Changing Technology Can Be Scary

Created by Joe Nemastil on 2016-02-29

Changing technology can be daunting for small business owners.  Take the case of the business owner who’s eyeing all of the ‘improved benefits’ of the latest and greatest information technology – it was cloud computing they were considering.  They had that sense of euphoric excitement thinking about how wonderful life would be for them and their employees when the new systems were in use.

But during the installation, the first signs of trouble appeared.

It began innocently enough, with only a hint of the impact that it actually portended.  Then other problems arose - network bandwidth wasn’t high enough, there weren’t enough access points available, some code had to be rewritten for another piece of software connecting to the new system, and the backup server was too small to manage the new solution.  In the end, the installation had to be delayed in order to perform fixes, not on the new solution, but on technology that was impacted by the change.  To make matters worse, the business process was negatively affected because portions of existing technology tools had been disabled already to make way for the new.

And it got worse.  The vendors who were supposed to be working together started pointing fingers of blame at one another and making accusations of not having the foresight to avoid what was impacting the customer.  Management’s ability to drive the business was negatively affected due to having to provide project oversight.  In the end, the change got accomplished, but it took a lot longer than anyone had anticipated and it was painful for those involved, namely the business owner, their employees, and their customers.

Even though their business could significantly benefit from a technology upgrade, in my experience, business owners who have lived through the scenario I’ve just described are much more likely to avoid making changes.  It’s simple human nature.  If I’ve been burned before, I’ll avoid it again at all costs.  However meanwhile, customers, employees, and business owners suffer with less-than-optimal technology tools.  This ultimately affects employee retention, and the business’s ability to attract and retain revenue and maximize profitability.

It doesn’t have to be this way.  Here’s an overview of how to avoid problems if you’re considering a change to your technology infrastructure:

  1. Consider technology changes in the context of the overall business strategy.  For example, if cloud technology is being considered, how will that impact the business’ ability to attract customers if they knew their data would be housed in a public vs. private cloud infrastructure?
  2. Study and understand the anticipated technology change based on the financial and emotional impact it’ll have with stakeholders.  If the people that will be impacted by the change are made part of this process, a clear connection can be established relative to expected benefits.  These same people also establish an emotional investment in the overall success of the project, which helps expedite the pace of the project.  And financial justification, and opportunities to improve workflow become apparent.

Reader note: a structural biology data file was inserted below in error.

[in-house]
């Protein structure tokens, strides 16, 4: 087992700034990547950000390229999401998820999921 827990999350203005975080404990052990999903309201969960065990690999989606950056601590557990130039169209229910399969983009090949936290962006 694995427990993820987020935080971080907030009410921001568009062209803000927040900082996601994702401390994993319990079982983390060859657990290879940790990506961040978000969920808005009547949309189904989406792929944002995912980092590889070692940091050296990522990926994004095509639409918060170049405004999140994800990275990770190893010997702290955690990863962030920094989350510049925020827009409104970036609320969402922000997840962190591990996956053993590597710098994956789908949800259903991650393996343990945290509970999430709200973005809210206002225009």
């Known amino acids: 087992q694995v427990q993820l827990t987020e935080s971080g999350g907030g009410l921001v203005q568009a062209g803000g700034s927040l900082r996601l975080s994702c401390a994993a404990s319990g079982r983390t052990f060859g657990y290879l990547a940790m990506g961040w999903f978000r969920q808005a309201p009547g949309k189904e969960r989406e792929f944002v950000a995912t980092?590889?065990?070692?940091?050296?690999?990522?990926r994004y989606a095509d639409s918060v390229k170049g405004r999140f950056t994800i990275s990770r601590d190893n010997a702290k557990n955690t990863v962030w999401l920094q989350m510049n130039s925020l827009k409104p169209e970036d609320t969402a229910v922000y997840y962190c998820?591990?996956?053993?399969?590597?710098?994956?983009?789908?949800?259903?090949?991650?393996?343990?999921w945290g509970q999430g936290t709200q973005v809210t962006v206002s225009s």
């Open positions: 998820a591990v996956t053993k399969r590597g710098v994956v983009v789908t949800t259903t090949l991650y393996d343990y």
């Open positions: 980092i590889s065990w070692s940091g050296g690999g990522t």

3. To get a complete picture of the project time line, cost, and return on investment, study and understand all related technology in the context of making the change.  There can be some financial outlay here, but it can be mitigated by engaging appropriate technical oversight and by leveraging vendor resources, and it’s a critical step to avoid surprises and even bigger expenses later.
  4. Acquire independent perspective in assembling available technology solutions.  Sales people are usually not the most appropriate resource to describe the ramifications their solutions may have with other technology.  They’re not bad people, but they’re motivated to make the sale, which can conflict with the customer’s longer term goals.

Of course, these steps require an investment in planning and program management.  In my experience, this can be affordably-managed, often with less than one FTE headcount.  This resource can also be engaged and disengaged to coincide with the duration of a project.  As an independent cloud consultant, I perform this role of ‘part time CIO’ for my clients and they say, “The payoff is significant”.

Business owners can stay focused on leading their company.  They benefit from understanding exactly how any anticipated change will affect their employees, their customers, and themselves.  Their ability to plan and control the business benefits from the knowledge of the anticipated financial and emotional impacts of changing technology.  And finally, the business owner, their employees, and their customers benefit from being able to leverage available technology tools to their fullest. 

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